Deconstruction is a shift of emphasis while reading. It actively challenges the principle of composition: "coherence and the right distribution of the emphasis". We have just dealt with coherence; to better understand the decomposition of emphasis, consider two different ways of playing Bach. Wolfgang Sandner has said that Keith Jarrett plays Bach "emphasizing nothing, demanding nothing, concealing nothing and withholding nothing. In one word: natural." He cites the pianist himself in support of this thesis. "This music does not need my assistance," says Jarrett. "The melodic lines themselves are expressive to me." Compare this with what Sandner says of perhaps the most famous interpreter of Bach, Glenn Gould. "Obviously," writes Sandner, "he did not even trust his own analyses. He remained in search of clues. He spread the tones, loosened their coherence, emphasized side-lines and with his extreme tempi subjected the works of Bach to a kind of stress test."
There may be no better way to summarize the spirit of deconstruction: don't trust your own analyses but continue the search for clues; emphasize side-lines and read at extreme speeds (whether fast or slow); all in all, subject the text to a stress test. You can experience the difference by listening to their recordings of the thirteenth prelude in Book I of Bach’s Wohltemperierte Klavier. By slowing it down, and emphasizing the space between the tones, Gould is able to draw our attention to our own contribution to the music, our listening. It is important to keep in mind that Sandner is talking about two performances of the same composition, two "readings" of the same "text". The composer may have preferred one or the other, but there is no basic sense in which one is "right" and the other "wrong". Each reveals something about the composition. A "natural" emphasis may offer a great deal of immediate aesthetic pleasure, to be sure, but deconstruction is the pursuit of a more difficult beauty. Decomposition results from an excess of emphasis.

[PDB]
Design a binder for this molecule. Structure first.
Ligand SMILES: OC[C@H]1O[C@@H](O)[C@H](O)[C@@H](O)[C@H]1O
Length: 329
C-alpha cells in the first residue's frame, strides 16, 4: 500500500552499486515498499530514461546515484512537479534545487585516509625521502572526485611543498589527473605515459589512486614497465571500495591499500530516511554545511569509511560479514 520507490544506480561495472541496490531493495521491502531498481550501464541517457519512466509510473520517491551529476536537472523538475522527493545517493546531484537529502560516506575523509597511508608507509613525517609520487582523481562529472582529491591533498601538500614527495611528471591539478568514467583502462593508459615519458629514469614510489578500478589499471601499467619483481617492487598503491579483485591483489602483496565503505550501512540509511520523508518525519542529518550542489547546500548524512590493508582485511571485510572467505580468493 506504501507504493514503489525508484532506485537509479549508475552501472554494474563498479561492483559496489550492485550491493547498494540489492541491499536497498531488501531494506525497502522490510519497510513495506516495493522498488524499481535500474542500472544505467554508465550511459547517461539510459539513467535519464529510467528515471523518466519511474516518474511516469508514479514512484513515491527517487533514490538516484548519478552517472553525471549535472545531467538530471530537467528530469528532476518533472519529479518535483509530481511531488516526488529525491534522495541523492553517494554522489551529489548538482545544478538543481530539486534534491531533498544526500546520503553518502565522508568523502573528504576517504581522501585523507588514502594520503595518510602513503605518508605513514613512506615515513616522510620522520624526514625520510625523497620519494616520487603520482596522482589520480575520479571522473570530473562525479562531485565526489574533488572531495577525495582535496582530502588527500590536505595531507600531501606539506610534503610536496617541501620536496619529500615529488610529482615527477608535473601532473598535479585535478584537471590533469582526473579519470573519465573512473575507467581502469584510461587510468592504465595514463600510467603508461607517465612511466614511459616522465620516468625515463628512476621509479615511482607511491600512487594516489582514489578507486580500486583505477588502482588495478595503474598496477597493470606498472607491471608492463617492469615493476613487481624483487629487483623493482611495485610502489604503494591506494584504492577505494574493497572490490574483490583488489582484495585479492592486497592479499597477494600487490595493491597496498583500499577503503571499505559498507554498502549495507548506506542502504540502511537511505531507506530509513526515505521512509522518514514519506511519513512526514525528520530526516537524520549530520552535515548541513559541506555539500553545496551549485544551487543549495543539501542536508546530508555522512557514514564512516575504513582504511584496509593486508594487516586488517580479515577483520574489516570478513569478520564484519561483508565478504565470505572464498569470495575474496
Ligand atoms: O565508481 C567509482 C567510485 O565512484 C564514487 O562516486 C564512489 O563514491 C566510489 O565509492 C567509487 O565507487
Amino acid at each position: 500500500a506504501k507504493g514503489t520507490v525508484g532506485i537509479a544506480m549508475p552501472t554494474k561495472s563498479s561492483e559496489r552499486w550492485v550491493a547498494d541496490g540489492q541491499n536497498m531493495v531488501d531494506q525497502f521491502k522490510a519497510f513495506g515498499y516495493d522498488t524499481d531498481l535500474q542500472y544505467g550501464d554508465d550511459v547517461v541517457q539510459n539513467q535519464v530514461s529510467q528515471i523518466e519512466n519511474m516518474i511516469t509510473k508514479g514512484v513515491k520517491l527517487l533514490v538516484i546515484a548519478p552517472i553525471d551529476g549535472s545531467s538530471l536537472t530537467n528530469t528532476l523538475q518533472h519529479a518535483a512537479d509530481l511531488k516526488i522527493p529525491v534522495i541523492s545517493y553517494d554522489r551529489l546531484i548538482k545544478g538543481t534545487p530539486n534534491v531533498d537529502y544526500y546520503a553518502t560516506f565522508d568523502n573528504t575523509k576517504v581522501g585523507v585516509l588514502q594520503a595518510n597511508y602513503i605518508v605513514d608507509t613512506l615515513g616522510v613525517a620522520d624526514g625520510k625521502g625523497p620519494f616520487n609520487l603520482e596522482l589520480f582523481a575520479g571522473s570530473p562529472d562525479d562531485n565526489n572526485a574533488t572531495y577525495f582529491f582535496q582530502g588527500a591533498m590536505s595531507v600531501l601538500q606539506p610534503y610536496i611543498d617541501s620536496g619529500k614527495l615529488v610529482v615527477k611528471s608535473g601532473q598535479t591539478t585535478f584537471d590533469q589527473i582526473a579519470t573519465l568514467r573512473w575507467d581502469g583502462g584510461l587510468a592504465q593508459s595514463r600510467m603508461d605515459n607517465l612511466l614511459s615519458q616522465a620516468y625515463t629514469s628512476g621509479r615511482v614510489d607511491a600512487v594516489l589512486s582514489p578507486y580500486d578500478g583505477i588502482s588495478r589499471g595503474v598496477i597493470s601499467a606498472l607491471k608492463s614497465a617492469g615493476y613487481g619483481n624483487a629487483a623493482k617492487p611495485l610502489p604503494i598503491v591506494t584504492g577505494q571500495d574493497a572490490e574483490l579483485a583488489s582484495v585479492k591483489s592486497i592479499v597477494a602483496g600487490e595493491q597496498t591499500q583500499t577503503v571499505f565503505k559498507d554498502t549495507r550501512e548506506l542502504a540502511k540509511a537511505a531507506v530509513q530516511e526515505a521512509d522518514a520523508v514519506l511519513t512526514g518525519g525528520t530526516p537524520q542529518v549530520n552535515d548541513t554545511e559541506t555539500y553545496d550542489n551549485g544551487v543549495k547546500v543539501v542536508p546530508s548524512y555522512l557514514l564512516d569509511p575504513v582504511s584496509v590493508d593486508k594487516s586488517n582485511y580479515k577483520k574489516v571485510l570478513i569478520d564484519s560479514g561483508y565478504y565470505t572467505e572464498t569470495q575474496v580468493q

It often assumed that good academic writing is rooted in a singularity of purpose. "The specialist," Grierson tells us, "need think of nothing in regard to style but clearness and precision." And he alleges a reason: both his subject-matter and his audience is given to him so his point of view is largely fixed in advance. He need only ensure that his style does not obstruct the audience's view of his subject. "Everything else is an intrusion, and an unnecessary intrusion, because he can count upon willing and patient readers who desire to study the subject". For Grierson, specialist writing is a particular way of establishing the point of view of a text, which in turn "determines everything". Since, following Aristotle, the point of view depends on the speaker, the subject-matter, and the audience involved, says Grierson, there is really an infinity of possible points of view for any text.
But he makes a crucial assumption. A given text, he notes, will have a single point of view; the writer can make a series of rhetorical decisions to, as it were, "fix" it. Deconstruction draws this assumption radically into question, beginning with the allegedly singular purpose of the writer; for even the most academic writers are torn, at least, between enlightening their readers and furthering their careers. This immediately suggests multiple audiences, but it also suggests that a text is about any number of things that are not mentioned in the abstract. Deconstruction attempts to chronicle the "wars of signification" that take place behind the often irenic facade of an academic text. What we might call "academic composure" is fostered by an illusion of the writer's singular purpose, namely, that his only intention is to instruct a "willing and patient" reader, one whose only desire, in turn, is "to study the subject". Once we drop this assumption the text begins to decompose.
The essential thing is to read the text. To deconstruct it, we loosen its coherence, redistribute its emphasis, and question the unity of its purpose. All of these are acts of reading. It is true that deconstruction demands that we set aside the usual obligations of reading; it demands that we read against what are often the clearly marked intentions of the author. But deconstruction should not be taken as a personal attack on the author. Grierson assures the writer that the text will be read in the light of the reader's "knowledge by acquaintance" of the basic orderliness of experience, that it will be read with a natural emphasis, that its readers, desirous only of study, will be patient and willing. Such assurances, when believed, produce a particular kind of text, and it may be a very good one. Every once in a while, however, we need as writers to see what our assumptions about the reader have actually accomplished. On such readings, the text will begin to come apart, sometimes like a collapsing structure, and sometimes like a mound of compost. We can use the results of such decompositions when we compose texts of our own.